Countries which import skilled workers

Canada may have the most skilled worker – oriented immigration system of all large countries. It uses a point system.  66% of foreign born persons have more than a high school degree. Australia, also with a point system, has 54%. the U.S. has 40%; Germany, 255: and Italy, 15%.

The United States’ system is so fragmented into dozens of entry points each with loopholes that is it hard to say how many of the roughly one million green cards awarded a year are for persons with strong work skills, but 20% or less might be a rough estimate.

A major problem with a formal skills-based system: the United States needs many workers without strong formal skills.  They will be paid less. And, yes, they will need – like some 20 million American citizens who work at the bottom 25% of the wage scale – some forms of public assistance at some time.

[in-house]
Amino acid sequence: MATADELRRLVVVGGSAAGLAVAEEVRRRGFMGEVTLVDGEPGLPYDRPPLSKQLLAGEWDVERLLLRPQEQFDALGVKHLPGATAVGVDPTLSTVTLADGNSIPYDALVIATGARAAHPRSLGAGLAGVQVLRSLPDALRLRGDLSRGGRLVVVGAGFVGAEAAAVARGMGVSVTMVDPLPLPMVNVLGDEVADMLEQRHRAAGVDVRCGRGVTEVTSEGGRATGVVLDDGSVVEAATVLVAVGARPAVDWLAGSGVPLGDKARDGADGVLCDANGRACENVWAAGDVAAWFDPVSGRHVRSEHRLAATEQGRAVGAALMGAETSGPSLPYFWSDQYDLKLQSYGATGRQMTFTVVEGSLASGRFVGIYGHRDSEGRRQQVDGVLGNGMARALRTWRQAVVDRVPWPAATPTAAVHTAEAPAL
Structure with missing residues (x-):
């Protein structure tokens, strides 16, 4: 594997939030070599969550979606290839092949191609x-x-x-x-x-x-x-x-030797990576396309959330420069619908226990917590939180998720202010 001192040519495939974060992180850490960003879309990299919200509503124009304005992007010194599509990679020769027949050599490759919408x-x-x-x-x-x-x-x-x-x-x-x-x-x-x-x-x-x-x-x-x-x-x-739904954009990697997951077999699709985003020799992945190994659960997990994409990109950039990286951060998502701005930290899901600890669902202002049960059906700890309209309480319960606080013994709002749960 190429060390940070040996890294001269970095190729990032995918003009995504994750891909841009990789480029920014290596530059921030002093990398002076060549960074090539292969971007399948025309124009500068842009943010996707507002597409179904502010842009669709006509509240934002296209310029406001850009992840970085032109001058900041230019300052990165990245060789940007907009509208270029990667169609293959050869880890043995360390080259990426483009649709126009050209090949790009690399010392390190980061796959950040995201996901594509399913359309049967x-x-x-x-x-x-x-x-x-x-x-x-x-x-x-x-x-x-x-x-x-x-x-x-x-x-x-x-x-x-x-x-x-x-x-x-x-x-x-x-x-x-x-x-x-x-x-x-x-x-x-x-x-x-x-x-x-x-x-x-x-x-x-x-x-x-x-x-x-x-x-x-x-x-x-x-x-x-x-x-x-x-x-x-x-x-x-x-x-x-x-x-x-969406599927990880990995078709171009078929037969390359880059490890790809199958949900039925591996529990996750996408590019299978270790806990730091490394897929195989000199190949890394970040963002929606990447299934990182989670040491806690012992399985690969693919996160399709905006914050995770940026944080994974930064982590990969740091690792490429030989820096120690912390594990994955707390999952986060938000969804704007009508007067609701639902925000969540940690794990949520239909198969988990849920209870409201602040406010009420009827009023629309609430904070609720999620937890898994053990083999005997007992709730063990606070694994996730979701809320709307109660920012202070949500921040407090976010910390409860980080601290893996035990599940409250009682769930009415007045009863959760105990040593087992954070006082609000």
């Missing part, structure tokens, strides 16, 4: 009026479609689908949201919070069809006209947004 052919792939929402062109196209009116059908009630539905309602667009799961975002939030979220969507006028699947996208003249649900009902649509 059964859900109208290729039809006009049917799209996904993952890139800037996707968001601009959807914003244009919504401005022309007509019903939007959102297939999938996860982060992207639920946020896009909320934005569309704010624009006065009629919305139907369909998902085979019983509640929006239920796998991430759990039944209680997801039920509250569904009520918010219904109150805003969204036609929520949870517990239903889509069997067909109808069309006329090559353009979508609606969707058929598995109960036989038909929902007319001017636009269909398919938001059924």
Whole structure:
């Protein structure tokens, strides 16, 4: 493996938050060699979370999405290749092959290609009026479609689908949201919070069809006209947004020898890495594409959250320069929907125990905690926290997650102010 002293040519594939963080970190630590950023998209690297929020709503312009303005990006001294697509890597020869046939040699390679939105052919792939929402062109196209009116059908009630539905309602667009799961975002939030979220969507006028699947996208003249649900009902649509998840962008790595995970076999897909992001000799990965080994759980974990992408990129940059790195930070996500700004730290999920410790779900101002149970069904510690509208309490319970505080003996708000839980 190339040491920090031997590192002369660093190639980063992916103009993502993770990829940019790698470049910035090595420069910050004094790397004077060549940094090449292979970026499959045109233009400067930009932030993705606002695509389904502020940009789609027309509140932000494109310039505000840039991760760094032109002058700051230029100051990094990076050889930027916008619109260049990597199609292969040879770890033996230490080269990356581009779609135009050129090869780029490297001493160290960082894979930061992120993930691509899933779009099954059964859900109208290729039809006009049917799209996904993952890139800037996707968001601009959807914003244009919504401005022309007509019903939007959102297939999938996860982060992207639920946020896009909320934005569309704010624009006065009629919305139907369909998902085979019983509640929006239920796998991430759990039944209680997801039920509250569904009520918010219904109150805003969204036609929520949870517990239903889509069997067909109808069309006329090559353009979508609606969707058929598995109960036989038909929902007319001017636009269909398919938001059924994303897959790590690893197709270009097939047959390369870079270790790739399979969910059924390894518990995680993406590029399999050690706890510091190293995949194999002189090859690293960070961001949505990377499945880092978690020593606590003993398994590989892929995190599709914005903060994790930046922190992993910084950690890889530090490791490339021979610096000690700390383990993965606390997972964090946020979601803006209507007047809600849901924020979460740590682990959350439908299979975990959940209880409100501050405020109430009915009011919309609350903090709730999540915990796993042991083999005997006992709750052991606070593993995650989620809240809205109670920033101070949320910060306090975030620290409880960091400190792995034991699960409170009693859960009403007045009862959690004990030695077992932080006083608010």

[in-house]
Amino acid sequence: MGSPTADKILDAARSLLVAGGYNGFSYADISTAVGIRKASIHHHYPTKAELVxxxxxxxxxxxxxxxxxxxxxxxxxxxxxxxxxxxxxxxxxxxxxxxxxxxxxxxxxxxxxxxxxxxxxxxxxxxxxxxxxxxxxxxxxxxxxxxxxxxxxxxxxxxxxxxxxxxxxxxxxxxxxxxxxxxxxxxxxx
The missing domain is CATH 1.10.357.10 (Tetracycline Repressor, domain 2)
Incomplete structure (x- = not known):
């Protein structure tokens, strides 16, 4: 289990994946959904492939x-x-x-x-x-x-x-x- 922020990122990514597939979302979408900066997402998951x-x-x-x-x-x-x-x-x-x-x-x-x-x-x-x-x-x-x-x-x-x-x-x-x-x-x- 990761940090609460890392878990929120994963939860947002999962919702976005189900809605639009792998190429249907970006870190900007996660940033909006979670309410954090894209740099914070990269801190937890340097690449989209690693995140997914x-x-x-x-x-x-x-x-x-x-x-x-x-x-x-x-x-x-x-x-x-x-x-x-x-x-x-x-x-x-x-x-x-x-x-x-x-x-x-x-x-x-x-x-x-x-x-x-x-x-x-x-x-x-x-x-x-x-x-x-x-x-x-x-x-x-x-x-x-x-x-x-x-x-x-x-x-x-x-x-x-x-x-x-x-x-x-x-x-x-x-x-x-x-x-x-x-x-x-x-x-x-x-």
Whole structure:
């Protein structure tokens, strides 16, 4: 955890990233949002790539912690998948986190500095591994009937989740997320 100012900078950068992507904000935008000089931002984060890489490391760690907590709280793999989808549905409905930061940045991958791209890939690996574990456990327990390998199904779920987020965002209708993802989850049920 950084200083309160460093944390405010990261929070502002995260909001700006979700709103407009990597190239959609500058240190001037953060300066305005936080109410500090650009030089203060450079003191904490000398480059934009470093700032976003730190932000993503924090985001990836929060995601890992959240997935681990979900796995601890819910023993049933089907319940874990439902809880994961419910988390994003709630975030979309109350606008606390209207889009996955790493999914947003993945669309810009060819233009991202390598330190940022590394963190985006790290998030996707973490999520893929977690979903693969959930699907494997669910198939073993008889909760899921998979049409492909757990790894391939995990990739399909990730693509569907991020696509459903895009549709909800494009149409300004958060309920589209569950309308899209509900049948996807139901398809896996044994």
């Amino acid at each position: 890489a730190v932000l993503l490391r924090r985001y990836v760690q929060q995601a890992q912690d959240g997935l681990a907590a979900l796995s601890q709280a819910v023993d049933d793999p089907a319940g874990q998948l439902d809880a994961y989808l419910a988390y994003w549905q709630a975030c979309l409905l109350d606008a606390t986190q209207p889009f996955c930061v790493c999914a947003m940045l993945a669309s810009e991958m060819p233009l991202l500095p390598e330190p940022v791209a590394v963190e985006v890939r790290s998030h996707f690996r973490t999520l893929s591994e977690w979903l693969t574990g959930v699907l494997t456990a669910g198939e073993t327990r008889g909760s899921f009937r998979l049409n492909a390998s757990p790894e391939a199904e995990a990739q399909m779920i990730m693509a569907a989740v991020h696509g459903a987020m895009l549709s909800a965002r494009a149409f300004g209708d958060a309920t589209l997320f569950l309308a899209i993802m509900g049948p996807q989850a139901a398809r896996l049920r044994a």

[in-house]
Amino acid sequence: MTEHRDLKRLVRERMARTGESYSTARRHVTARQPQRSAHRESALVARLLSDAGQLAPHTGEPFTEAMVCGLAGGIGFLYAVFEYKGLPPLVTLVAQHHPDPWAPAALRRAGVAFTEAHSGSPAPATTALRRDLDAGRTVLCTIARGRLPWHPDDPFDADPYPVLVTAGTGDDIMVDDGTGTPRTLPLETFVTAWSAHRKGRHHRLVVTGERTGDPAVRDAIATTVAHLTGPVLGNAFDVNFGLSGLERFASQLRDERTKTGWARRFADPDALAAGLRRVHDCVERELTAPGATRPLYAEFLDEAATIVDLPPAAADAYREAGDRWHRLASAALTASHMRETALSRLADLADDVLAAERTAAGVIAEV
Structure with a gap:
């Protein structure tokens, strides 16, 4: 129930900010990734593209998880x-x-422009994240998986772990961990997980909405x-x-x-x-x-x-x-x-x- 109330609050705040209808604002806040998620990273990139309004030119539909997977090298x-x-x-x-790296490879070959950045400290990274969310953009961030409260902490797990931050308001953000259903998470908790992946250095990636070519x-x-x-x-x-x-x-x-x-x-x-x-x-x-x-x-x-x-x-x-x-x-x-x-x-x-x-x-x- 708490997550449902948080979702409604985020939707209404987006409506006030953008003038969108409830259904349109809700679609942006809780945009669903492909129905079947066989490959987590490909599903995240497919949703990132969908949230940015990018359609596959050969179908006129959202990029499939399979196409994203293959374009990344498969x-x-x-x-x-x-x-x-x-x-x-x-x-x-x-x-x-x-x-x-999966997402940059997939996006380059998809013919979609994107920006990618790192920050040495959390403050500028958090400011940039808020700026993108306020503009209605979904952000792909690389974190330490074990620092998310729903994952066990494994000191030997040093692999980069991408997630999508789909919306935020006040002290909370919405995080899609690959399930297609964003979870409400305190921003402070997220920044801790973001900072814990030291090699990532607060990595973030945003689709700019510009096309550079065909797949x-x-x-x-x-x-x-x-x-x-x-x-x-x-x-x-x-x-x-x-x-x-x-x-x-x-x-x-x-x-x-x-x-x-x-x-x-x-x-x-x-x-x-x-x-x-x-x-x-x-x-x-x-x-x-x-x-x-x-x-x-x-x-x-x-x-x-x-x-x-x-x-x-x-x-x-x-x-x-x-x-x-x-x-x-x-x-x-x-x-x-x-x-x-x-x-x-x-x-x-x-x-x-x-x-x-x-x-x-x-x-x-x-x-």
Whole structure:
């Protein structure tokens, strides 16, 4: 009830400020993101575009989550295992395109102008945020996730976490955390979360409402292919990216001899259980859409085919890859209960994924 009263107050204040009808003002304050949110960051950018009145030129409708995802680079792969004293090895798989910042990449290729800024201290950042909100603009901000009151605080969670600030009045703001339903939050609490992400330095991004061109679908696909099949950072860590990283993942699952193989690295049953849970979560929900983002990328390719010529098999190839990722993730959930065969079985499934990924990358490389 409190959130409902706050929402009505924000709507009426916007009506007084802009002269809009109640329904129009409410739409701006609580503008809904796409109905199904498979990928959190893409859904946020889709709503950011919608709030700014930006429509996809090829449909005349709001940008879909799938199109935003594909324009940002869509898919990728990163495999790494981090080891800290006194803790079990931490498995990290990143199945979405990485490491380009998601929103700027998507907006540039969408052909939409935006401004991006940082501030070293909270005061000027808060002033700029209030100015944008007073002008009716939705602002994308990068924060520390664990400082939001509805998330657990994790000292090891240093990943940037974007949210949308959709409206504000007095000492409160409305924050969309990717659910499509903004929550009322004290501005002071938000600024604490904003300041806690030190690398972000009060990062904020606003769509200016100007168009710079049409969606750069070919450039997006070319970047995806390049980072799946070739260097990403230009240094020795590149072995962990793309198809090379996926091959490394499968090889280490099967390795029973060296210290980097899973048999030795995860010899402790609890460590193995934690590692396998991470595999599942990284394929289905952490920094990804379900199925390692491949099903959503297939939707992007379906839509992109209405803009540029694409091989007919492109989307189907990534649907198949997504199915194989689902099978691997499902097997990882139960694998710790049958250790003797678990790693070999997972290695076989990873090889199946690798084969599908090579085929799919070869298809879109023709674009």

2 Responses to “Countries which import skilled workers”

  1. Patrick Pine says:

    I have some trouble with the use of the term “skilled worker” which is generally tied to education level and past work experience. In the U.S., farmworkers are generally not classed as “skilled” using the standard definition. But if one were to actually observe farmworkers harvesting various crops they would soon find that there are “skills” needed to harvest most crops and those skills vary by crop. Many people like myself with an MBA would not have the skills of the farmworkers I know. I am thankful every time I eat that mostly immigrant farmworkers are applying their skills at the front end of the supply chain – if I was relying on anyone like myself to do that we would starve to death.

  2. Peter Rousmaniere says:

    Patrick, i agree with your assessment. I usually try to use the term, “high formal education” to distinquish those who economists call “skilled.” Thanks for the comment.

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